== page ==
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Snow Meets the Press

New White House Press Secretary Tony Snow's first regular briefing Tuesday was a cordial and crowded affair.

It was the day after the President's televised address, which accounts for some of the volume of journalists--every seat filled and 40 or 50 in the aisles and along the wall.

Snow said he had not decided whether or not to continue TV coverage of the briefing, a practice reportedly begun under President Clinton, but he joked that: "I'm sure TV people would have absolutely no problem going dark."

When asked about the personal sacrifice of taking the job, he said it was not a sacrifice by an honor, and recommended that the reporters, if they didn't already, occasionally look up at the columned mansion and marvel that they were there.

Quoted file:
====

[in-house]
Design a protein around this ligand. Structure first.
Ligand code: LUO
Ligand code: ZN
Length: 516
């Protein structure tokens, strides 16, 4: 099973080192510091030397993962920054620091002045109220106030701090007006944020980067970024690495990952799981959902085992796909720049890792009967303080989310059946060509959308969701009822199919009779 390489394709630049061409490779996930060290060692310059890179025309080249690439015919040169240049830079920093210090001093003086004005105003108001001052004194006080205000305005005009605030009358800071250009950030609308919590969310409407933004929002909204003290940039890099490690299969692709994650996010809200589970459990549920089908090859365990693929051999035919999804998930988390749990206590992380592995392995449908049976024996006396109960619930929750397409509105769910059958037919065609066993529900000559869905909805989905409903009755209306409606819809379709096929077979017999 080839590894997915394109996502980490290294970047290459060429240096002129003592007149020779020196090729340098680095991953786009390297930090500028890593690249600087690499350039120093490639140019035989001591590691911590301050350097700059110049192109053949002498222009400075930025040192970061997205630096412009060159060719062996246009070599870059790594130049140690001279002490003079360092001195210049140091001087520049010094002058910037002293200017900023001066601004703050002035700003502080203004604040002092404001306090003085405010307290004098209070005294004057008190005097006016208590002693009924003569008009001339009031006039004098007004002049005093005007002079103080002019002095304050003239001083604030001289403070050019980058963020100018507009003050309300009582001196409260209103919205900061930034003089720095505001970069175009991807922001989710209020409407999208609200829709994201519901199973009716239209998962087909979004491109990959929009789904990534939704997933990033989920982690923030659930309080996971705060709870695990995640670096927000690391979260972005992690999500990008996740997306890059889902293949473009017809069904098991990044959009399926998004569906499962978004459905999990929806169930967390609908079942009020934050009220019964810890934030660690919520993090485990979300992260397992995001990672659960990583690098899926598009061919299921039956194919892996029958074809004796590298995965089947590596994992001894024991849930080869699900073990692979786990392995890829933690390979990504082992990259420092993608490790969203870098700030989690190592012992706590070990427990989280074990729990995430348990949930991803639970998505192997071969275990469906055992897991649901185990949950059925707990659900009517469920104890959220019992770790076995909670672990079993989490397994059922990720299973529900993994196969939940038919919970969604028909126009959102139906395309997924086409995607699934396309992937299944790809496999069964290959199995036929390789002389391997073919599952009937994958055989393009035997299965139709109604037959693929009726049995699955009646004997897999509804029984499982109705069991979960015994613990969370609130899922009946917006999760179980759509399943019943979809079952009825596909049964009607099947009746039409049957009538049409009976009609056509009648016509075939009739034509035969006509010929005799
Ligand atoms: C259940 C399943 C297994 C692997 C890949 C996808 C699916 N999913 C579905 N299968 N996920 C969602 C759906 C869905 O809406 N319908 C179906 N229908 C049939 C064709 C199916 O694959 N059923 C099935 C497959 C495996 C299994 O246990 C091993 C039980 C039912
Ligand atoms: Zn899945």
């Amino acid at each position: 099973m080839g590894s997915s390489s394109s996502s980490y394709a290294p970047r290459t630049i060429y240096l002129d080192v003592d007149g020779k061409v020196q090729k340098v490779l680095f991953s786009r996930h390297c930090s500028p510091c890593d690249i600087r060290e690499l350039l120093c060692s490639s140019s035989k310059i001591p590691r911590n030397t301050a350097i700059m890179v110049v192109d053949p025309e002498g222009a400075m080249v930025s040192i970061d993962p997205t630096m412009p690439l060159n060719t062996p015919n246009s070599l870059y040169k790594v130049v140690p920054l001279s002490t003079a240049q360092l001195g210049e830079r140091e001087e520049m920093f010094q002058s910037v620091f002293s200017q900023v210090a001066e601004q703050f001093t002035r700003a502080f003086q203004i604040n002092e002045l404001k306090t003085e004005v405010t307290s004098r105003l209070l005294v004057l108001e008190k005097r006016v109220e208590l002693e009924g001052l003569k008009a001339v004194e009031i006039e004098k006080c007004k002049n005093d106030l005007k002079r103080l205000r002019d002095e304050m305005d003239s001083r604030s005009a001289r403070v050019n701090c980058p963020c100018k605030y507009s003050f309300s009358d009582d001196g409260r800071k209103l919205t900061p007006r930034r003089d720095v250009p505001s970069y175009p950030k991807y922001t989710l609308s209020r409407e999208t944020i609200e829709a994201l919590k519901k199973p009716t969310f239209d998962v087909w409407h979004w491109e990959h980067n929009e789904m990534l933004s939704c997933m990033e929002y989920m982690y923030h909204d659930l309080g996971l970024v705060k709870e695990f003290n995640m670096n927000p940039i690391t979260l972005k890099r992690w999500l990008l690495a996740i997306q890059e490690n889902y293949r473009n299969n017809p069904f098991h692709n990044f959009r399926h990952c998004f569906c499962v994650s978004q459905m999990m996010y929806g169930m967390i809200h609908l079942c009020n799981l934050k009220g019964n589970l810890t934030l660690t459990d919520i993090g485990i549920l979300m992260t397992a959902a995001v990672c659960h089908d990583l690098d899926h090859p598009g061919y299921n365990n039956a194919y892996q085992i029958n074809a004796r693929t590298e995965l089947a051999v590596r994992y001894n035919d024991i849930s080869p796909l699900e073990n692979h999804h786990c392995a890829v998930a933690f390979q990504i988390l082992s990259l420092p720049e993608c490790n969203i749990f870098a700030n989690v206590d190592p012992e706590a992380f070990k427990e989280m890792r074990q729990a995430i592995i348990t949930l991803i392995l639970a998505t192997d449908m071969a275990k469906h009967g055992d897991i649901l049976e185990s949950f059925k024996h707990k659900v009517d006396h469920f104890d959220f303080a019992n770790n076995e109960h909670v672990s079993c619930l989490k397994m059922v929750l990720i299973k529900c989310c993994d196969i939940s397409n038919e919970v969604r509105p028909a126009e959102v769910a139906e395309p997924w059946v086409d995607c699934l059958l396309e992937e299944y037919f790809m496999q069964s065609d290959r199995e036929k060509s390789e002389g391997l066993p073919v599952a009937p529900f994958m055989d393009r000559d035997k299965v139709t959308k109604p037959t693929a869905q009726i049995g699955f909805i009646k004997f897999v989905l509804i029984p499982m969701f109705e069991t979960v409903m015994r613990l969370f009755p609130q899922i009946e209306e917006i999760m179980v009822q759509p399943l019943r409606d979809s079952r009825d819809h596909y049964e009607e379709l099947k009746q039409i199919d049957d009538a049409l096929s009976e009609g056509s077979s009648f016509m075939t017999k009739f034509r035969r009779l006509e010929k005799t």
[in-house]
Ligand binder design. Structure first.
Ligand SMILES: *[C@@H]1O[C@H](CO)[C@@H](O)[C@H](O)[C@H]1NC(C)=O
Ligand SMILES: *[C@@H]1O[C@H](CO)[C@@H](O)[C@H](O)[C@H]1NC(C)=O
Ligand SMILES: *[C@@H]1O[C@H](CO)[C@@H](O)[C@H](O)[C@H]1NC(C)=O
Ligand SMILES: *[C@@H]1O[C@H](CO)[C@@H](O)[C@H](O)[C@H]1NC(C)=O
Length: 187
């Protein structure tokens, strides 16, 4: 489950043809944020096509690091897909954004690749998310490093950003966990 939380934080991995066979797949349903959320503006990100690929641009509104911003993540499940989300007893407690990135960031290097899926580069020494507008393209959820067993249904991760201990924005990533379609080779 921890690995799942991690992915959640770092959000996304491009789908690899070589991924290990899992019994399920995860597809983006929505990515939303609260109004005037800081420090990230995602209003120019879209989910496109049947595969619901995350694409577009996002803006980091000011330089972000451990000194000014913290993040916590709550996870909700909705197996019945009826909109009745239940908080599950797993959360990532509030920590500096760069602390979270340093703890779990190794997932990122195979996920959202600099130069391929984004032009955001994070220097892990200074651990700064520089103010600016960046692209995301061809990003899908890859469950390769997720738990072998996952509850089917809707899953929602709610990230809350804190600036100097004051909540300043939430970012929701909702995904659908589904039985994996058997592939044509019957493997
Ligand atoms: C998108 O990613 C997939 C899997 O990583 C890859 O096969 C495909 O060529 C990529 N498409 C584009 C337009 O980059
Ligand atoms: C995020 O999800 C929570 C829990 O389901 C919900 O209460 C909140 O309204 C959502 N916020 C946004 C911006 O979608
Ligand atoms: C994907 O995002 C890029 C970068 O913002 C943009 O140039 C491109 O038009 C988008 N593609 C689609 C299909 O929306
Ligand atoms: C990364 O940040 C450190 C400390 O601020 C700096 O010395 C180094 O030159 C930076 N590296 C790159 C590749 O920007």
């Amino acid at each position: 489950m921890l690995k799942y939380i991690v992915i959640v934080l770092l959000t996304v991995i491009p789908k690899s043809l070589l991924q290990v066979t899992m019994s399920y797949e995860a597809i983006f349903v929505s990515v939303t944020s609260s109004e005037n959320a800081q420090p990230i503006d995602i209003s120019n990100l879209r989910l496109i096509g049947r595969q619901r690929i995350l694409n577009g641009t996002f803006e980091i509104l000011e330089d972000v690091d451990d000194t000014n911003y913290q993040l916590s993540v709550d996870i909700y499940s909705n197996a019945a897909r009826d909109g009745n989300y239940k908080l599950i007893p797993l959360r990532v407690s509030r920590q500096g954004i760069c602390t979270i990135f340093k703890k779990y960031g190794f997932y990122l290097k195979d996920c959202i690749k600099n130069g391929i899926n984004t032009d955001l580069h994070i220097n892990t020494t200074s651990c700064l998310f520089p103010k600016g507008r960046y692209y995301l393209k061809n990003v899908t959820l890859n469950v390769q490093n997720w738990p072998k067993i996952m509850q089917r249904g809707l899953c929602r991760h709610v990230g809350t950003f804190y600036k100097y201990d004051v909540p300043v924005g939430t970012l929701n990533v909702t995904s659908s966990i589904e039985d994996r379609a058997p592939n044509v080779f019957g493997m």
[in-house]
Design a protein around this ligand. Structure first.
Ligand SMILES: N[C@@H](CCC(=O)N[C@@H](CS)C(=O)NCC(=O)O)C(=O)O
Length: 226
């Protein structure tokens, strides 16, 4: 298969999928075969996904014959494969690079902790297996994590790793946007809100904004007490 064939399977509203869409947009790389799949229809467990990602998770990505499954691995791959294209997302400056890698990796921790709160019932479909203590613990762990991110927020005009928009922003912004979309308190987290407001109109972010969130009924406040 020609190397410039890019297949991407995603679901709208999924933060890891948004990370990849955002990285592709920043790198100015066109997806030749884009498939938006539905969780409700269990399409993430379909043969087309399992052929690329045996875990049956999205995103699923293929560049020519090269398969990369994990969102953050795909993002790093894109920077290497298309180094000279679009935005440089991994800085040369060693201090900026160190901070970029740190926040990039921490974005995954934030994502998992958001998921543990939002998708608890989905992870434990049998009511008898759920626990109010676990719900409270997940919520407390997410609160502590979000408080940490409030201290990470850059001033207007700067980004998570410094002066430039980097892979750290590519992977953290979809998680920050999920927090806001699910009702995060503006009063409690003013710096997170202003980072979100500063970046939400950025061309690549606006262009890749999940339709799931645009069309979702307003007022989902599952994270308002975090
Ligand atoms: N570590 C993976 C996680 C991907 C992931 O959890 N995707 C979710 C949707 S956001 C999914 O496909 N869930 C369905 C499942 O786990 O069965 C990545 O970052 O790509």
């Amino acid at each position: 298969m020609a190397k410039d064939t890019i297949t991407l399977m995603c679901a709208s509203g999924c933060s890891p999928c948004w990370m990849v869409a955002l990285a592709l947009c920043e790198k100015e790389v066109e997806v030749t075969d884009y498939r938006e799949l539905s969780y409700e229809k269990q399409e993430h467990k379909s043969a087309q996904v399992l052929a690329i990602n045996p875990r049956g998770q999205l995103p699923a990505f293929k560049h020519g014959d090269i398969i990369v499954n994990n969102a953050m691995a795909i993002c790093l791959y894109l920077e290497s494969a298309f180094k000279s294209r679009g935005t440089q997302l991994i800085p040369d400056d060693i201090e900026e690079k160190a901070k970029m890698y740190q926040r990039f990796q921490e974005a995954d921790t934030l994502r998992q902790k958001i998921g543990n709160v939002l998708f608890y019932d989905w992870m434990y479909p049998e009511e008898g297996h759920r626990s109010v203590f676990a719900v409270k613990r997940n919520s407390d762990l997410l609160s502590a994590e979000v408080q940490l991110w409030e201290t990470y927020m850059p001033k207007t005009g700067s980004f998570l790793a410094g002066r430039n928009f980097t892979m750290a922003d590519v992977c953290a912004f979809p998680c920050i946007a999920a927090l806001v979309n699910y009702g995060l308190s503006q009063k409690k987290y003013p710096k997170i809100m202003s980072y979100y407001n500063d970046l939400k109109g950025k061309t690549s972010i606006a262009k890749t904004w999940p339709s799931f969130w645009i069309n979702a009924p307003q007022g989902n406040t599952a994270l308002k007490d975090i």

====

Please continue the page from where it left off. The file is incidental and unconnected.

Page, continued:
Snow had to explain to one reporter that the phrase "hugging a tar baby," which he had used referring to a question on phone tapping that he did not want to touch, was from American lore, but elaborated no further. It actually dates back to African lore, according to Random House, and was imported to this country by Joel Chandler Harris for his "Uncle Remus," as told by a former slave.

Snow got a little choked up--he called it his "Muskie moment"--when asked about the yellow bracelet he was wearing, which he said symbolized his battle last year with colon cancer. Snow said his doctor told him he didn't have to worry about the cancer any longer, just the heartburn from facing the press.

Snow actually took over as White House press secretary May 8, but presidential travel, for one, kept him from his first press room briefing until Tuesday. Snow worked as a speechwriter for the first President Bush following a career in print journalism and preceding one as a Fox anchor and commentator..